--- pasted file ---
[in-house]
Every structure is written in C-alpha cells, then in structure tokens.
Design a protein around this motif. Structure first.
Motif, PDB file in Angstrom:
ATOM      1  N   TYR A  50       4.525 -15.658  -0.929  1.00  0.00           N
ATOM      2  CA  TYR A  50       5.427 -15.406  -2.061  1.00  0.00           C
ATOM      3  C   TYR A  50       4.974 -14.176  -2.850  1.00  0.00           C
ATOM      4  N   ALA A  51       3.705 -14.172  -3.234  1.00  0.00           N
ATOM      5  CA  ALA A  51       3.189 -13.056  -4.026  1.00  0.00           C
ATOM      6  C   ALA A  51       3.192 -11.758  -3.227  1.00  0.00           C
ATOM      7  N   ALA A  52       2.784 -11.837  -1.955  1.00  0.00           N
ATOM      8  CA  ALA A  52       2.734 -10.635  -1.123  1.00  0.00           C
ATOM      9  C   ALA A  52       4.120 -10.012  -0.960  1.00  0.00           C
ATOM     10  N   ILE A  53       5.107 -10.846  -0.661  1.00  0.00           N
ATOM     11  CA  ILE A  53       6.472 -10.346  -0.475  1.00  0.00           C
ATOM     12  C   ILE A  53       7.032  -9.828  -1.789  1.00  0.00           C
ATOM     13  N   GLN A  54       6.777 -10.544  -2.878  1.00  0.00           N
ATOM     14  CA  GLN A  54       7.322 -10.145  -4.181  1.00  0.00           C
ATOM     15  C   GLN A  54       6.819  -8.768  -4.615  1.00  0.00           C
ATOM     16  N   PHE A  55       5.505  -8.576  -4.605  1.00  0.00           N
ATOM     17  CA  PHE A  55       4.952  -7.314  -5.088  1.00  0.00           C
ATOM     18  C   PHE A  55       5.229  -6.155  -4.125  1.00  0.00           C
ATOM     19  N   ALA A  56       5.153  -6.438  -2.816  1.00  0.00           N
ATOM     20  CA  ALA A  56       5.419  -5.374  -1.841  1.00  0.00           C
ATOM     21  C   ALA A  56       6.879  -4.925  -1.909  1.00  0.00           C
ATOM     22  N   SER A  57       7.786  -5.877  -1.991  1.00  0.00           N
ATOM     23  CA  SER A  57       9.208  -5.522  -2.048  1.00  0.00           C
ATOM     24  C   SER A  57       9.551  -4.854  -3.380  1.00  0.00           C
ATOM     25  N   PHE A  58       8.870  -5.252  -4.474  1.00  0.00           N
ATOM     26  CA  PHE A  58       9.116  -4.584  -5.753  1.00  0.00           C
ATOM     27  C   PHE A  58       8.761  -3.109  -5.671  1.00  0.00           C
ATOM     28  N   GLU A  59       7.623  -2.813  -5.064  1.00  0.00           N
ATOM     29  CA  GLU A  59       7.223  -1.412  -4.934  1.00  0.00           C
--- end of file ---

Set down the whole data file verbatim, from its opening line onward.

[in-house]
Every structure is written in C-alpha cells, then in structure tokens.
Design a protein around this motif. Structure first.
Motif, PDB file in Angstrom:
ATOM      1  N   TYR A  50       4.525 -15.658  -0.929  1.00  0.00           N
ATOM      2  CA  TYR A  50       5.427 -15.406  -2.061  1.00  0.00           C
ATOM      3  C   TYR A  50       4.974 -14.176  -2.850  1.00  0.00           C
ATOM      4  N   ALA A  51       3.705 -14.172  -3.234  1.00  0.00           N
ATOM      5  CA  ALA A  51       3.189 -13.056  -4.026  1.00  0.00           C
ATOM      6  C   ALA A  51       3.192 -11.758  -3.227  1.00  0.00           C
ATOM      7  N   ALA A  52       2.784 -11.837  -1.955  1.00  0.00           N
ATOM      8  CA  ALA A  52       2.734 -10.635  -1.123  1.00  0.00           C
ATOM      9  C   ALA A  52       4.120 -10.012  -0.960  1.00  0.00           C
ATOM     10  N   ILE A  53       5.107 -10.846  -0.661  1.00  0.00           N
ATOM     11  CA  ILE A  53       6.472 -10.346  -0.475  1.00  0.00           C
ATOM     12  C   ILE A  53       7.032  -9.828  -1.789  1.00  0.00           C
ATOM     13  N   GLN A  54       6.777 -10.544  -2.878  1.00  0.00           N
ATOM     14  CA  GLN A  54       7.322 -10.145  -4.181  1.00  0.00           C
ATOM     15  C   GLN A  54       6.819  -8.768  -4.615  1.00  0.00           C
ATOM     16  N   PHE A  55       5.505  -8.576  -4.605  1.00  0.00           N
ATOM     17  CA  PHE A  55       4.952  -7.314  -5.088  1.00  0.00           C
ATOM     18  C   PHE A  55       5.229  -6.155  -4.125  1.00  0.00           C
ATOM     19  N   ALA A  56       5.153  -6.438  -2.816  1.00  0.00           N
ATOM     20  CA  ALA A  56       5.419  -5.374  -1.841  1.00  0.00           C
ATOM     21  C   ALA A  56       6.879  -4.925  -1.909  1.00  0.00           C
ATOM     22  N   SER A  57       7.786  -5.877  -1.991  1.00  0.00           N
ATOM     23  CA  SER A  57       9.208  -5.522  -2.048  1.00  0.00           C
ATOM     24  C   SER A  57       9.551  -4.854  -3.380  1.00  0.00           C
ATOM     25  N   PHE A  58       8.870  -5.252  -4.474  1.00  0.00           N
ATOM     26  CA  PHE A  58       9.116  -4.584  -5.753  1.00  0.00           C
ATOM     27  C   PHE A  58       8.761  -3.109  -5.671  1.00  0.00           C
ATOM     28  N   GLU A  59       7.623  -2.813  -5.064  1.00  0.00           N
ATOM     29  CA  GLU A  59       7.223  -1.412  -4.934  1.00  0.00           C